• High strength.
  • High panel shear.
  • Flexibility.
  • Moisture resistance.
  • Chemical and fire resistance.
  • Impact resistance.
  • Insulation.

The thickness of a plywood subfloor depends on the distance between joists. Thinner plywood can be used when joists are close together, but slightly thicker plywood is recommended when there is more than 40cm between joists.

Subfloors can also be made from oriented strand board (OSB). OSB has similar properties to plywood and is suitable for load-bearing applications. It can be more cost-effective than plywood. Impermeability to water can be achieved through the use of additional membranes.

Another type of subfloor is high-performance engineered panels. Like plywood and OSB, these panels are designed for load bearing applications. They have built in moisture resistance and are manufactured with special resins to reduce other issues – such as swelling associated with some subfloors.


  • Caulking gun
  • Circular saw
  • Combination square
  • Ear muffs
  • Hammer
  • Measuring tape
  • Nail gun
  • Pencil
  • Safety glasses
  • Trimming knife


  • Bituminous flashing
  • Cement sheet packers
  • Construction adhesive


1 Laminate the subfloor bearers

Subfloor bearers need to be strong enough to hold the rest of the floor up. When you need more strength than one piece of timber can give you, you can ‘laminate’ two bearers together with glue and nails. Apply a generous amount of construction glue on the surface of one bearer. Place a second bearer on top of the first and slide it around to spread the glue. Then line the two pieces up so their edges are flush and double nail them along the whole length.

2 Install the subfloor bearers

Sit each bearer in place on your foundations. If your foundations are brick or concrete, keep the bearers protected from moisture by putting a piece of waterproof flashing in-between the timber and the foundations. Make sure the bearers stay clear of any other brickwork or concrete to help keep them dry. Tie down the bearer next to the end wall with hoop iron, which is preinstalled in the brickwork.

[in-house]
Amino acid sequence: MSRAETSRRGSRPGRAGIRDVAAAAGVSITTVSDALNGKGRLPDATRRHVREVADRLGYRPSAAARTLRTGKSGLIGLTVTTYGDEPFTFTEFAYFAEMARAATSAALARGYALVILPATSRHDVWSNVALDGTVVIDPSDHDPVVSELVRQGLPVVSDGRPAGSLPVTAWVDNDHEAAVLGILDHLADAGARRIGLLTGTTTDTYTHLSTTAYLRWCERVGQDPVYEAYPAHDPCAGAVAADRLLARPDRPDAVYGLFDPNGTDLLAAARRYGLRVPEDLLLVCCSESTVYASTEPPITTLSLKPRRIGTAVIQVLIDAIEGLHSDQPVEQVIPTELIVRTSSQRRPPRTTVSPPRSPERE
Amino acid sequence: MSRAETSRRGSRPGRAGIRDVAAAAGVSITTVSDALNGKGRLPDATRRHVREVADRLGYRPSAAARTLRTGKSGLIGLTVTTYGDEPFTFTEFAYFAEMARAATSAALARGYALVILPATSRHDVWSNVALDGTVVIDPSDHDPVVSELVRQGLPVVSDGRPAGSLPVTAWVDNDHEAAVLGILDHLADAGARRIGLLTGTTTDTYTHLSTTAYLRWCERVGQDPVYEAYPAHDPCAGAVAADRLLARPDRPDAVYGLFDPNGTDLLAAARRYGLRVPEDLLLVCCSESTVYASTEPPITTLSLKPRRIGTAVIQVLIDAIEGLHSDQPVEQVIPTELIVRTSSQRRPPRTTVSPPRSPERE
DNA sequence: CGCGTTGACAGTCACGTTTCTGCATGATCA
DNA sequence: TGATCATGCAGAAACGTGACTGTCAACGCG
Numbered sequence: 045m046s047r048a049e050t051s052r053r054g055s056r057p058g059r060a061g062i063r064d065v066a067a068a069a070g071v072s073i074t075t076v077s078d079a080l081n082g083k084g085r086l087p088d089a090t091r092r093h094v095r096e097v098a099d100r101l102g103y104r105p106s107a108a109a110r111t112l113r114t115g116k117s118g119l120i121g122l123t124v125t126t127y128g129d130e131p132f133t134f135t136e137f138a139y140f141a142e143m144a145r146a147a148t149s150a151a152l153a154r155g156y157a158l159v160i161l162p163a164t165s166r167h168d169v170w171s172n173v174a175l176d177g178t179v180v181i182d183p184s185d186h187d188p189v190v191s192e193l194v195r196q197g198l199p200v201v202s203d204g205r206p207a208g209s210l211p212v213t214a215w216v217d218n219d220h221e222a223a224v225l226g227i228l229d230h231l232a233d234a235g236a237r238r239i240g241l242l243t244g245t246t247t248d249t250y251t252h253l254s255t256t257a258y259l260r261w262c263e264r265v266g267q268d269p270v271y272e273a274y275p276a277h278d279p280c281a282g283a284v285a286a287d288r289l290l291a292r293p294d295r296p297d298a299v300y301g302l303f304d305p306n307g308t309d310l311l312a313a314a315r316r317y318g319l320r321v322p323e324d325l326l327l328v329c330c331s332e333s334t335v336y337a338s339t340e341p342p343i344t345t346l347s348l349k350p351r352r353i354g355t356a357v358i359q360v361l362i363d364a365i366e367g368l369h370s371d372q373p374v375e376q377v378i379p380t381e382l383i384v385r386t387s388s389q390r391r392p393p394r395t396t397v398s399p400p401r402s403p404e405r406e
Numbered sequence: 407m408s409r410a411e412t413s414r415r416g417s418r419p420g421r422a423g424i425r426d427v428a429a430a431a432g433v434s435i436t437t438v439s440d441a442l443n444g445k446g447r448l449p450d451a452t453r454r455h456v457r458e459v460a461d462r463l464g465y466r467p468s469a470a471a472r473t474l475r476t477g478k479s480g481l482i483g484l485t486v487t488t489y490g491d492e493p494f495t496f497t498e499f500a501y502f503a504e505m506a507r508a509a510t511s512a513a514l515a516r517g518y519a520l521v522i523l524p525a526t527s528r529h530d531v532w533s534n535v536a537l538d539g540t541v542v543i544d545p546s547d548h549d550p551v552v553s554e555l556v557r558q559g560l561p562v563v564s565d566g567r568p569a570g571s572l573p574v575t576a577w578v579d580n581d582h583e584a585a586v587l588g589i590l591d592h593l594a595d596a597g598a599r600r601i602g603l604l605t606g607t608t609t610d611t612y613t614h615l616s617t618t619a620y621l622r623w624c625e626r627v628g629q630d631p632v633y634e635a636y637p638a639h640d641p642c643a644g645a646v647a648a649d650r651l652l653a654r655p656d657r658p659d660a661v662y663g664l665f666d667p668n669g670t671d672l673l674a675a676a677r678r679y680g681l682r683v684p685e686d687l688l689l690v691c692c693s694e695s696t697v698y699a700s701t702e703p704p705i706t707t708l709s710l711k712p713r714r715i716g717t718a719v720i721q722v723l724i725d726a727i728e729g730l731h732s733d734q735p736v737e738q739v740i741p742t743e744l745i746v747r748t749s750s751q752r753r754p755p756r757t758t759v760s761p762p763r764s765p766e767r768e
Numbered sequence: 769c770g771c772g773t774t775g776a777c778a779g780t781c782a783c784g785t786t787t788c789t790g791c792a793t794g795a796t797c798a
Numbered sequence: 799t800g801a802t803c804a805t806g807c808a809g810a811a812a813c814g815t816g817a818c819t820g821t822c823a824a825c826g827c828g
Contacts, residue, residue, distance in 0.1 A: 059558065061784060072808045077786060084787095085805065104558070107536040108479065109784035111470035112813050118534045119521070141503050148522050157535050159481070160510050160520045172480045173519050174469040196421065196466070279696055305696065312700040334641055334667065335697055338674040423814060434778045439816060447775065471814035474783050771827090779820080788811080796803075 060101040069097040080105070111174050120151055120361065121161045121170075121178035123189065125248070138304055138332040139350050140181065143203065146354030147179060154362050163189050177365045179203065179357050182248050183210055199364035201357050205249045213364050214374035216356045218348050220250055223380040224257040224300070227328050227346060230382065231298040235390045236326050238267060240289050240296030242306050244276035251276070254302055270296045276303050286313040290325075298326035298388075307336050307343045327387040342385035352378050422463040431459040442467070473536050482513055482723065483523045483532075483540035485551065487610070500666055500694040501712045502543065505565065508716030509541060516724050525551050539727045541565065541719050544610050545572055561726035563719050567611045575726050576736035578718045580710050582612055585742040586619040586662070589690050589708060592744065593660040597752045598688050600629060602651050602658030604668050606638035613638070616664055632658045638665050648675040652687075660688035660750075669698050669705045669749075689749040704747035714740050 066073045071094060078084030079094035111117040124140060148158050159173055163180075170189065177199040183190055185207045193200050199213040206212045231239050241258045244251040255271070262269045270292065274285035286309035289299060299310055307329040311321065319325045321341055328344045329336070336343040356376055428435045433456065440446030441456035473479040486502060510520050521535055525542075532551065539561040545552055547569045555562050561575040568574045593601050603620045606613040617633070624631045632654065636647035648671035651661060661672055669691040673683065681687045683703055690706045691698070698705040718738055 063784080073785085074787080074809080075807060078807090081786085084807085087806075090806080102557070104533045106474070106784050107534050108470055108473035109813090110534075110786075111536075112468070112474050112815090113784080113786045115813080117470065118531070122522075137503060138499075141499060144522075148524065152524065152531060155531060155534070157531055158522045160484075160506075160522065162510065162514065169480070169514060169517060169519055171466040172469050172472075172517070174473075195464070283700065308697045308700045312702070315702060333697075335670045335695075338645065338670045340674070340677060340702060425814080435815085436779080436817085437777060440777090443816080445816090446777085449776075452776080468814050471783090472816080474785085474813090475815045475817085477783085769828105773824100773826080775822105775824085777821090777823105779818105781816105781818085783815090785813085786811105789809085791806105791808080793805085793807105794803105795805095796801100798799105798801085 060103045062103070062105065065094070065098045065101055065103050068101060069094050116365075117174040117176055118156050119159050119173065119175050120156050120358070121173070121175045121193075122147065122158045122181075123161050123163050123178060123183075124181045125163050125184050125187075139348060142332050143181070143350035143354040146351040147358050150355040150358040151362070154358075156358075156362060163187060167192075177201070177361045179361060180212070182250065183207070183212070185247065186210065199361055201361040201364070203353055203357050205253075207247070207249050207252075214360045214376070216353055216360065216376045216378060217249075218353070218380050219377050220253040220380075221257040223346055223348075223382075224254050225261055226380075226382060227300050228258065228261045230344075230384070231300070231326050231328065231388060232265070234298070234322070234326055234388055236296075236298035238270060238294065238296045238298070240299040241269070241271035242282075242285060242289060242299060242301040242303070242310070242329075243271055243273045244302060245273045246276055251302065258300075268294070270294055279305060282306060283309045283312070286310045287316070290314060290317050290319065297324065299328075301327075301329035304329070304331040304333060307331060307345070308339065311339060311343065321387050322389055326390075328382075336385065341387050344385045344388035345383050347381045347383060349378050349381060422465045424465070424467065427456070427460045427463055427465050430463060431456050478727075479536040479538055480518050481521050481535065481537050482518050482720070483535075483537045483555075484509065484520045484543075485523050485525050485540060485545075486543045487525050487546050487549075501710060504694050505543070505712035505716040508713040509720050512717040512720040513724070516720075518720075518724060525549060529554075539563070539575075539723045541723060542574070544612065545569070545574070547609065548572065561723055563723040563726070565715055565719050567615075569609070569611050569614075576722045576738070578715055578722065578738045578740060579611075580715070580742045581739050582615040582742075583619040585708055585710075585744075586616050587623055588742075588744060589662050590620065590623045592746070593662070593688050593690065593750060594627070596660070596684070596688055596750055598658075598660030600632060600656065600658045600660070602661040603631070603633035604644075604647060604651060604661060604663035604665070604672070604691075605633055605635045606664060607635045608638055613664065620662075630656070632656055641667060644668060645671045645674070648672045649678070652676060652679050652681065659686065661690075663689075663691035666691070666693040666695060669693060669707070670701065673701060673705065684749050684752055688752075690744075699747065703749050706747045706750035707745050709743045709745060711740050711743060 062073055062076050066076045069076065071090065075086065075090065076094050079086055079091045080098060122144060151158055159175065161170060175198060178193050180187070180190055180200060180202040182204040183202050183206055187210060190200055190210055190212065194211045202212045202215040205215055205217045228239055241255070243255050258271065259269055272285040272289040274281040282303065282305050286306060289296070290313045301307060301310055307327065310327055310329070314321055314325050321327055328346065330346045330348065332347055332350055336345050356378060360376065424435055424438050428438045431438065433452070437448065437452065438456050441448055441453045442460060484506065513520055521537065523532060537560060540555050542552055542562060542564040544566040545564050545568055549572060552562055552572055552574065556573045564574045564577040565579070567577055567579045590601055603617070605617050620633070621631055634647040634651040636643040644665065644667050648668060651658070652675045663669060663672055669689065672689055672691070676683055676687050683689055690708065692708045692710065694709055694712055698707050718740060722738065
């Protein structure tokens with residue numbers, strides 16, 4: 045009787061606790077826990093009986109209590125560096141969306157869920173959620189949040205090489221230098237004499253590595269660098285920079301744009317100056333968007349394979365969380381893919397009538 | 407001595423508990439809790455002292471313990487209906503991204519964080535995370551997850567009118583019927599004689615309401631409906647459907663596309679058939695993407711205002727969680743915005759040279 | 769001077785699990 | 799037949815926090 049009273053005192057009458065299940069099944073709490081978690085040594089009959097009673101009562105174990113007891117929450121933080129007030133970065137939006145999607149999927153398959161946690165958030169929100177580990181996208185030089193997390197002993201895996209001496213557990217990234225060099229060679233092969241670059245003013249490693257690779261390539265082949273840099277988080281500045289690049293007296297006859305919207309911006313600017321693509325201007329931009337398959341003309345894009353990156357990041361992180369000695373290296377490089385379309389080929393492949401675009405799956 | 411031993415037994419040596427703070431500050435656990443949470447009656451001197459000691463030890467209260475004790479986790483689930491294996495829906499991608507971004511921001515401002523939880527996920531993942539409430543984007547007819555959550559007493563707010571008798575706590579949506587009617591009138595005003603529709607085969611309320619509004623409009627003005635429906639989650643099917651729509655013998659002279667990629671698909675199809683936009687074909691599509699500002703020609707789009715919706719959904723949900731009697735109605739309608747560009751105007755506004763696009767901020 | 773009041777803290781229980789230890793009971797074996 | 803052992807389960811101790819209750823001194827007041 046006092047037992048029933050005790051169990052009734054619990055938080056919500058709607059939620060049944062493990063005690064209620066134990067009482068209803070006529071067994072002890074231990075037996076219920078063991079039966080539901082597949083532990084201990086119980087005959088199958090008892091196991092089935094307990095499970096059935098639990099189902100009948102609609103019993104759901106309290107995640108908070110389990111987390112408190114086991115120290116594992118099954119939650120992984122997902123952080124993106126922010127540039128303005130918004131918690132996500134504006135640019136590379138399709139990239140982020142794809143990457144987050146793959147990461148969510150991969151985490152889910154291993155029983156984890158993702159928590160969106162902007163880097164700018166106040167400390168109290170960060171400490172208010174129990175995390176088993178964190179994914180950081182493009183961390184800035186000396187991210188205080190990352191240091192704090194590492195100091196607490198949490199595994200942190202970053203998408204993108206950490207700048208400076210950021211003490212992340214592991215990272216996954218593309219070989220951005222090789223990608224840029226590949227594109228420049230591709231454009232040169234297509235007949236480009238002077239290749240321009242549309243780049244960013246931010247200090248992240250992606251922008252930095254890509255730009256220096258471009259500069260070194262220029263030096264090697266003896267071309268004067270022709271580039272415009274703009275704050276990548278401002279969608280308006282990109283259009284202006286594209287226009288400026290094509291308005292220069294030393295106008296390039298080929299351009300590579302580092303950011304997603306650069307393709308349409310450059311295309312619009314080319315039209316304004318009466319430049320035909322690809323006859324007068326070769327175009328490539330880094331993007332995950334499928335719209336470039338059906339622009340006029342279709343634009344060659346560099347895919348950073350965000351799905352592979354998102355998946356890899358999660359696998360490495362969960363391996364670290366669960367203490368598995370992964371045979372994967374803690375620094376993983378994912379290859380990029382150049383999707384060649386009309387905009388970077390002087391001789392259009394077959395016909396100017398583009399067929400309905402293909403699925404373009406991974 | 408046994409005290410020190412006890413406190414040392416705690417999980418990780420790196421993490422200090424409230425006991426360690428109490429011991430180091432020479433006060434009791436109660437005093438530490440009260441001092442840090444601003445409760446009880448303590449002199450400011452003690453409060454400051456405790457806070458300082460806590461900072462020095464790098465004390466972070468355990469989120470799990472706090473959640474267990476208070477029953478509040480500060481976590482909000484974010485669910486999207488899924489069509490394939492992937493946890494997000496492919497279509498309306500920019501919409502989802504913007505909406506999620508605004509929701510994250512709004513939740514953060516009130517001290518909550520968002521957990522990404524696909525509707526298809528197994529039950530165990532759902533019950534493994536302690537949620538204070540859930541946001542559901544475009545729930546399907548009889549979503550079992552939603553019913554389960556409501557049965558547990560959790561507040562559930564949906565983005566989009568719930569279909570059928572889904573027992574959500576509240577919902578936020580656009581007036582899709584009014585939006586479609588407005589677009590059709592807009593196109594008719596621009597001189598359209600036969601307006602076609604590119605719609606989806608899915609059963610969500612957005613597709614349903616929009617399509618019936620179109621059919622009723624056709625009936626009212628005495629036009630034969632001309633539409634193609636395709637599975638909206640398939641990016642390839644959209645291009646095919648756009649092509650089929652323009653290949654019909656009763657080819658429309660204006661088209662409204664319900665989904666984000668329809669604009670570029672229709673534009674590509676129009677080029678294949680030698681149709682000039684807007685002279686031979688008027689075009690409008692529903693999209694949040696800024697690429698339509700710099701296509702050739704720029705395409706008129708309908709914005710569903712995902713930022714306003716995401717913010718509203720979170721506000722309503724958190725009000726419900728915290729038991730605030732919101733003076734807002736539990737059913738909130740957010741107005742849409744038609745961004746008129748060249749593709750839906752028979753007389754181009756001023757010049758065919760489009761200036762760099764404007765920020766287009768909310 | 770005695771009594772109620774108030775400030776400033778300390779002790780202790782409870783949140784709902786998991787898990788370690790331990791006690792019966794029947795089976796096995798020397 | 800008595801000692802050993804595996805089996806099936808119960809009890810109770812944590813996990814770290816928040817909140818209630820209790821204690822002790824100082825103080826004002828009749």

3 Level the subfloor bearers

Put a spirit level on top of each bearer to check that it is sitting level. If a bearer is uneven and needs adjustment, use cement sheet offcuts as packers to build up one end. Place the packers under the bearer where it is sitting on the foundations.

4 Stagger the joins in the subfloor joists

Sometimes a joist needs to be longer than one piece of timber. In that case, each joist will have a join in it. To improve the strength of the subfloor, these joins should be staggered. Install the short end of the joist on one side for the first joist, then swap sides for the second joist. Continue this pattern across the subfloor. 

5 How to join a subfloor joist

There are two types of joins you can use to connect timber in a floor joist. When your bearer is wide enough, join the two pieces of joist together end-to-end. This is called a butt joint. When your bearers are thinner, it is better to overlap the pieces side by side. This is called a lap joint.

Final words

we hope we have been of great help with this article.

Leave a Comment